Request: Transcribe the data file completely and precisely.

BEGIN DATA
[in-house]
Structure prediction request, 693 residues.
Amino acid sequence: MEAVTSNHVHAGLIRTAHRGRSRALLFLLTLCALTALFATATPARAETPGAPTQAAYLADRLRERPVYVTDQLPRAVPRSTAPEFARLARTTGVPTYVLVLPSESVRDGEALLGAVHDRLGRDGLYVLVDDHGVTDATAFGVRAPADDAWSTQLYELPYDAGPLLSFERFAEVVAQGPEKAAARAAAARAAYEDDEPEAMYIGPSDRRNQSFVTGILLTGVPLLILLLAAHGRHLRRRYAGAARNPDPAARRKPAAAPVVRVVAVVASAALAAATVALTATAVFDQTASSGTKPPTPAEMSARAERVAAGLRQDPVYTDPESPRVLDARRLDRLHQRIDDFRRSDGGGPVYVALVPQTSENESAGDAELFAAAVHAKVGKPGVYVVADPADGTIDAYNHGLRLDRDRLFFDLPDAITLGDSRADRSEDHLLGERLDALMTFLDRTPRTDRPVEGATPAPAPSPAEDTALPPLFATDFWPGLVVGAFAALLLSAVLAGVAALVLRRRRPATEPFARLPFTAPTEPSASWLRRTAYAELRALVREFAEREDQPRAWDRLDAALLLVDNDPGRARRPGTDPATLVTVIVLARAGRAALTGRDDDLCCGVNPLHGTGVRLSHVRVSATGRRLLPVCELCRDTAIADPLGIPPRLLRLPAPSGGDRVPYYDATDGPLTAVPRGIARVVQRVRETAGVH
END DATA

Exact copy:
[in-house]
Structure prediction request, 693 residues.
Amino acid sequence: MEAVTSNHVHAGLIRTAHRGRSRALLFLLTLCALTALFATATPARAETPGAPTQAAYLADRLRERPVYVTDQLPRAVPRSTAPEFARLARTTGVPTYVLVLPSESVRDGEALLGAVHDRLGRDGLYVLVDDHGVTDATAFGVRAPADDAWSTQLYELPYDAGPLLSFERFAEVVAQGPEKAAARAAAARAAYEDDEPEAMYIGPSDRRNQSFVTGILLTGVPLLILLLAAHGRHLRRRYAGAARNPDPAARRKPAAAPVVRVVAVVASAALAAATVALTATAVFDQTASSGTKPPTPAEMSARAERVAAGLRQDPVYTDPESPRVLDARRLDRLHQRIDDFRRSDGGGPVYVALVPQTSENESAGDAELFAAAVHAKVGKPGVYVVADPADGTIDAYNHGLRLDRDRLFFDLPDAITLGDSRADRSEDHLLGERLDALMTFLDRTPRTDRPVEGATPAPAPSPAEDTALPPLFATDFWPGLVVGAFAALLLSAVLAGVAALVLRRRRPATEPFARLPFTAPTEPSASWLRRTAYAELRALVREFAEREDQPRAWDRLDAALLLVDNDPGRARRPGTDPATLVTVIVLARAGRAALTGRDDDLCCGVNPLHGTGVRLSHVRVSATGRRLLPVCELCRDTAIADPLGIPPRLLRLPAPSGGDRVPYYDATDGPLTAVPRGIARVVQRVRETAGVH